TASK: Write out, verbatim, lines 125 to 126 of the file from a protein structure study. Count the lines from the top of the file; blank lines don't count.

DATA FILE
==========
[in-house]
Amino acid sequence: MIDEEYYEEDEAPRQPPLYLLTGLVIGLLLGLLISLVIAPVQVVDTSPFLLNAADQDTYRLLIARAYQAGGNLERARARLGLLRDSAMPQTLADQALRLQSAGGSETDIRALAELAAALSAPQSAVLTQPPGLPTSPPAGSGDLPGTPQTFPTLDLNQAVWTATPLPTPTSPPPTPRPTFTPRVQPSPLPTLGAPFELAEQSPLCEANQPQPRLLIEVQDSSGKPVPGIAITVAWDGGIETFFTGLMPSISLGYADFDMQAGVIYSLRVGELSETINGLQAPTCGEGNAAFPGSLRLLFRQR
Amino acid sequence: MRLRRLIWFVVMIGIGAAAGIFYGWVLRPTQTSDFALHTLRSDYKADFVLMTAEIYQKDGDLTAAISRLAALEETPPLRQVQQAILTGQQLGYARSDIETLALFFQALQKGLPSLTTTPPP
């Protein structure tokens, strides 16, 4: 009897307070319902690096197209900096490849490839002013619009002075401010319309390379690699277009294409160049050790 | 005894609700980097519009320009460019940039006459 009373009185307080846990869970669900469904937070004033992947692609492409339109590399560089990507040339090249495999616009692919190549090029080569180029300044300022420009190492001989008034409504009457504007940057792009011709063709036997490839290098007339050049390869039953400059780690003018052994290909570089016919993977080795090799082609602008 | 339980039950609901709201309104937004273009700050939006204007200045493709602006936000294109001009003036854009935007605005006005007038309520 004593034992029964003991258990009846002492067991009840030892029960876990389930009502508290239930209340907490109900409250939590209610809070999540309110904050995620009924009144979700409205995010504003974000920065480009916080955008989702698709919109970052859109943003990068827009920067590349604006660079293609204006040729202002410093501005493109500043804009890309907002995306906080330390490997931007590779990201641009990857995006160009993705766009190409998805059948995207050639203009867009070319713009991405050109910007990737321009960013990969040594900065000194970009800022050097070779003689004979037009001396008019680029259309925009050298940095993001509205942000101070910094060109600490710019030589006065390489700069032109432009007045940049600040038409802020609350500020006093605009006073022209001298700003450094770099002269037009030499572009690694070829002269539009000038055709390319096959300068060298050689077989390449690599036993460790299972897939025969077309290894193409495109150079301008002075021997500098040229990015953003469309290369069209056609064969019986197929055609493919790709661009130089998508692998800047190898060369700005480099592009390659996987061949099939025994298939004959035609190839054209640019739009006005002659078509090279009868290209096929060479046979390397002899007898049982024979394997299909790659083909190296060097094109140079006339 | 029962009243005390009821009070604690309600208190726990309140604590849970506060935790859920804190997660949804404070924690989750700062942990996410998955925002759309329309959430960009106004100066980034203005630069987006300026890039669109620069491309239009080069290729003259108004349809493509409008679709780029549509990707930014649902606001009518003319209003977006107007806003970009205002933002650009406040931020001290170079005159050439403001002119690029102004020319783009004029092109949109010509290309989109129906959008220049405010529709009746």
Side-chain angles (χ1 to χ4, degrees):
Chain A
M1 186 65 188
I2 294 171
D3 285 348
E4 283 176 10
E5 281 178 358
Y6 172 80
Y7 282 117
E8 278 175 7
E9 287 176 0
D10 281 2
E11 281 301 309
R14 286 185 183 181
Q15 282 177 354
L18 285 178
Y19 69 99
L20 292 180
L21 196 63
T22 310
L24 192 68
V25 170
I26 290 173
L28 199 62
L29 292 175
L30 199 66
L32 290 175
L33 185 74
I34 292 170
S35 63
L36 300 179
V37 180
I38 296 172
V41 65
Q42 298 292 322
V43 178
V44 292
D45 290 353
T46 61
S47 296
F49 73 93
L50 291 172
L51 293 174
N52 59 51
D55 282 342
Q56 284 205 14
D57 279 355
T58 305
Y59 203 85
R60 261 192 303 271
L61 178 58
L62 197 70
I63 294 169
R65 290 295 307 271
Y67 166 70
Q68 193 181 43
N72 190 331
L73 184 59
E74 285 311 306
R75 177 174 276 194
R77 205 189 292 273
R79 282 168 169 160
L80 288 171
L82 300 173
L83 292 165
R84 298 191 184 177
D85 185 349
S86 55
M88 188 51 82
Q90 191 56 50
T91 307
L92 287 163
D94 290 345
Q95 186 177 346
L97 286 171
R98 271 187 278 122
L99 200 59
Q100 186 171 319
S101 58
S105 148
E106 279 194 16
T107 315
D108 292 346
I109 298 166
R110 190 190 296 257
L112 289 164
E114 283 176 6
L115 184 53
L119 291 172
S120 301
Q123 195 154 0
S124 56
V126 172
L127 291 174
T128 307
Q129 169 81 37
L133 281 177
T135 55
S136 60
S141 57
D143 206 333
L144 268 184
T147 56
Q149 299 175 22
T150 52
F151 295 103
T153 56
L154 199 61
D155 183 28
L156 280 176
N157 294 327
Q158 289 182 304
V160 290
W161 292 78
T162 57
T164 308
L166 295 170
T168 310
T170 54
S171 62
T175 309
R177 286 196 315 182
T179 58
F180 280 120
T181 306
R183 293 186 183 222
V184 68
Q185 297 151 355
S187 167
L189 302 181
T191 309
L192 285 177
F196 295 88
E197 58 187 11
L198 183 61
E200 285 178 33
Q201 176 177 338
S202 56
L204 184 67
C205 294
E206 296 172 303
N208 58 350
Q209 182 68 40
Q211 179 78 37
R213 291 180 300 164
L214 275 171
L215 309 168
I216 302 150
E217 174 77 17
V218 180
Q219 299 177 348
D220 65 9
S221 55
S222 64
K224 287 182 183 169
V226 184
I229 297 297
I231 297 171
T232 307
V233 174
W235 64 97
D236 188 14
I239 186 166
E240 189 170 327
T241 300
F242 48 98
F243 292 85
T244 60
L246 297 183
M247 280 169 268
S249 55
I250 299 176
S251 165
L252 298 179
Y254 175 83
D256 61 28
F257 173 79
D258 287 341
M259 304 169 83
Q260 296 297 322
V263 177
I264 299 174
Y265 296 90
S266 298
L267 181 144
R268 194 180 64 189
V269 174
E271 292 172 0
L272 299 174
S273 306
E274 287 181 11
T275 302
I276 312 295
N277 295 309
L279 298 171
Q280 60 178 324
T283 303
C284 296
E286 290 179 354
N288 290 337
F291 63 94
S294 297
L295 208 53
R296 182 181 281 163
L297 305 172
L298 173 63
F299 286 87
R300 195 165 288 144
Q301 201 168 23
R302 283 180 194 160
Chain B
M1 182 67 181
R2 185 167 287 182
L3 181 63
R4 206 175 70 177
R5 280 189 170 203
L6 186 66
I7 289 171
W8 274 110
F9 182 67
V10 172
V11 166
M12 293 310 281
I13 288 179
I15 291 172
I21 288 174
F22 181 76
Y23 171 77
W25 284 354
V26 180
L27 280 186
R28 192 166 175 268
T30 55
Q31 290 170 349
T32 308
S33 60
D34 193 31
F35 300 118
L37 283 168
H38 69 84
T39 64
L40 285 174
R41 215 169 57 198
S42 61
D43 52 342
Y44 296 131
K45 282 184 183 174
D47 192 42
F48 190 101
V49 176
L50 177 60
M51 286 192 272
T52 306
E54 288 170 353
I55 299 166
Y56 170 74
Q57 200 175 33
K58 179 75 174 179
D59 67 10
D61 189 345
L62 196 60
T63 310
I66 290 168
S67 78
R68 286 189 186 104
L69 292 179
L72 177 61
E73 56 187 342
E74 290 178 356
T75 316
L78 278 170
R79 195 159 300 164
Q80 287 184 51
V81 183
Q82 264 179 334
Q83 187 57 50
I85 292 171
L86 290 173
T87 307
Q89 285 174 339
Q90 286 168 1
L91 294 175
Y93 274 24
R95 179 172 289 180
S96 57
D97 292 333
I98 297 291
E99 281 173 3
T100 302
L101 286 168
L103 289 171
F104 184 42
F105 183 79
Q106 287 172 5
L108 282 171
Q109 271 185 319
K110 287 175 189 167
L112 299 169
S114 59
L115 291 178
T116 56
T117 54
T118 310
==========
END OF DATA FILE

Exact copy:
T175 309
R177 286 196 315 182